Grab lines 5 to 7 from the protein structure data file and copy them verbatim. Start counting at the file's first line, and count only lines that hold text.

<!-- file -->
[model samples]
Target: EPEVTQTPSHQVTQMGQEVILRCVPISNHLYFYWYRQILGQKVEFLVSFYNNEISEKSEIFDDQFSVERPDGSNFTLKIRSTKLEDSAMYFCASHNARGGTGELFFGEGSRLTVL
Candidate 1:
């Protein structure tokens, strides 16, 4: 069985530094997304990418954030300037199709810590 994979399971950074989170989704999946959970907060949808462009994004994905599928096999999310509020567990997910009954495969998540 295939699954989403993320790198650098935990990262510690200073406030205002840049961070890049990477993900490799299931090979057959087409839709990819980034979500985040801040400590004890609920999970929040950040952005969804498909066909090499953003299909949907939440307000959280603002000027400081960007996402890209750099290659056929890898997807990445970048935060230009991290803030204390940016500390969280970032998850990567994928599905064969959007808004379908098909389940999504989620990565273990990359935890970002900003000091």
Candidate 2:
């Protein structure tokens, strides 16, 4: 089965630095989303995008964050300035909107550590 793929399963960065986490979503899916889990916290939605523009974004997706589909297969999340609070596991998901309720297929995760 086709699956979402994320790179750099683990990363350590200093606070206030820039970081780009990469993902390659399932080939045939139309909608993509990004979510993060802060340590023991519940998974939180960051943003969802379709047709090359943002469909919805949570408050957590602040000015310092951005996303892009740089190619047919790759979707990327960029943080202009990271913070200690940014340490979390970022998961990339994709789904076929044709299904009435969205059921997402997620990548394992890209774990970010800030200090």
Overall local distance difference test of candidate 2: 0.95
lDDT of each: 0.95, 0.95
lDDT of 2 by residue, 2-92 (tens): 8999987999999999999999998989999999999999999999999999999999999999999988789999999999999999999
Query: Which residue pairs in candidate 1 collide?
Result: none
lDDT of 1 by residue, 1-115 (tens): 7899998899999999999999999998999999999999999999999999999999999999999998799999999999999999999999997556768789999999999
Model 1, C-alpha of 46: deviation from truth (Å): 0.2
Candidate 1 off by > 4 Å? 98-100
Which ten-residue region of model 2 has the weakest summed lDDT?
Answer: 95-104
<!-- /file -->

Candidate 2:
């Protein structure tokens, strides 16, 4: 089965630095989303995008964050300035909107550590 793929399963960065986490979503899916889990916290939605523009974004997706589909297969999340609070596991998901309720297929995760 086709699956979402994320790179750099683990990363350590200093606070206030820039970081780009990469993902390659399932080939045939139309909608993509990004979510993060802060340590023991519940998974939180960051943003969802379709047709090359943002469909919805949570408050957590602040000015310092951005996303892009740089190619047919790759979707990327960029943080202009990271913070200690940014340490979390970022998961990339994709789904076929044709299904009435969205059921997402997620990548394992890209774990970010800030200090």
Overall local distance difference test of candidate 2: 0.95